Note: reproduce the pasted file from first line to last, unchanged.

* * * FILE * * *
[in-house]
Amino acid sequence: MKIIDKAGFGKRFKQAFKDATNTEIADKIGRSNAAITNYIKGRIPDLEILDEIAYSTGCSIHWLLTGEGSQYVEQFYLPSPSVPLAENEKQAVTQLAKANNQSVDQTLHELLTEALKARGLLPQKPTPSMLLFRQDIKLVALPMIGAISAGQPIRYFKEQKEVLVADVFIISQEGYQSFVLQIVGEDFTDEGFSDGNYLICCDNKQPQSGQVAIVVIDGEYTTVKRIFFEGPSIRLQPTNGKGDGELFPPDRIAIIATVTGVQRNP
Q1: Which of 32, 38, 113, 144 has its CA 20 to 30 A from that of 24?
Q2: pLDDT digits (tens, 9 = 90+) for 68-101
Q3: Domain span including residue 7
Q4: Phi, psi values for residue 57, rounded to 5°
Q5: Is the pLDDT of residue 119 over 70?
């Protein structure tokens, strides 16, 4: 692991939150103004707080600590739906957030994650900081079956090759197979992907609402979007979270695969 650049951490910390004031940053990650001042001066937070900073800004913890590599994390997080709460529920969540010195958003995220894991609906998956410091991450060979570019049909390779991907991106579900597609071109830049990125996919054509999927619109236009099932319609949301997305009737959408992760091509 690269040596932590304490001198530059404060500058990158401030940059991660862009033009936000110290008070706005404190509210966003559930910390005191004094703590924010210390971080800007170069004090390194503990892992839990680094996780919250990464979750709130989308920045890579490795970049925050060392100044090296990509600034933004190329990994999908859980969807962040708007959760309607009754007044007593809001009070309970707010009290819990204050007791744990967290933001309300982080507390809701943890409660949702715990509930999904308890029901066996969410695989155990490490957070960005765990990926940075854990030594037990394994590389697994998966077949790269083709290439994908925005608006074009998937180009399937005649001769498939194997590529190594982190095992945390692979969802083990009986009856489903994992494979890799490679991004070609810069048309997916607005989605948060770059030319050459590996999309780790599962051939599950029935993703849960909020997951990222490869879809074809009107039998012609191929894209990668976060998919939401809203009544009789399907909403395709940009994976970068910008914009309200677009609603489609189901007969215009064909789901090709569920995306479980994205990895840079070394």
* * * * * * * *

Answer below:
[in-house]
Amino acid sequence: MKIIDKAGFGKRFKQAFKDATNTEIADKIGRSNAAITNYIKGRIPDLEILDEIAYSTGCSIHWLLTGEGSQYVEQFYLPSPSVPLAENEKQAVTQLAKANNQSVDQTLHELLTEALKARGLLPQKPTPSMLLFRQDIKLVALPMIGAISAGQPIRYFKEQKEVLVADVFIISQEGYQSFVLQIVGEDFTDEGFSDGNYLICCDNKQPQSGQVAIVVIDGEYTTVKRIFFEGPSIRLQPTNGKGDGELFPPDRIAIIATVTGVQRNP
Q1: Which of 32, 38, 113, 144 has its CA 20 to 30 A from that of 24?
Q2: pLDDT digits (tens, 9 = 90+) for 68-101
Q3: Domain span including residue 7
Q4: Phi, psi values for residue 57, rounded to 5°
Q5: Is the pLDDT of residue 119 over 70?
């Protein structure tokens, strides 16, 4: 692991939150103004707080600590739906957030994650900081079956090759197979992907609402979007979270695969 650049951490910390004031940053990650001042001066937070900073800004913890590599994390997080709460529920969540010195958003995220894991609906998956410091991450060979570019049909390779991907991106579900597609071109830049990125996919054509999927619109236009099932319609949301997305009737959408992760091509 690269040596932590304490001198530059404060500058990158401030940059991660862009033009936000110290008070706005404190509210966003559930910390005191004094703590924010210390971080800007170069004090390194503990892992839990680094996780919250990464979750709130989308920045890579490795970049925050060392100044090296990509600034933004190329990994999908859980969807962040708007959760309607009754007044007593809001009070309970707010009290819990204050007791744990967290933001309300982080507390809701943890409660949702715990509930999904308890029901066996969410695989155990490490957070960005765990990926940075854990030594037990394994590389697994998966077949790269083709290439994908925005608006074009998937180009399937005649001769498939194997590529190594982190095992945390692979969802083990009986009856489903994992494979890799490679991004070609810069048309997916607005989605948060770059030319050459590996999309780790599962051939599950029935993703849960909020997951990222490869879809074809009107039998012609191929894209990668976060998919939401809203009544009789399907909403395709940009994976970068910008914009309200677009609603489609189901007969215009064909789901090709569920995306479980994205990895840079070394």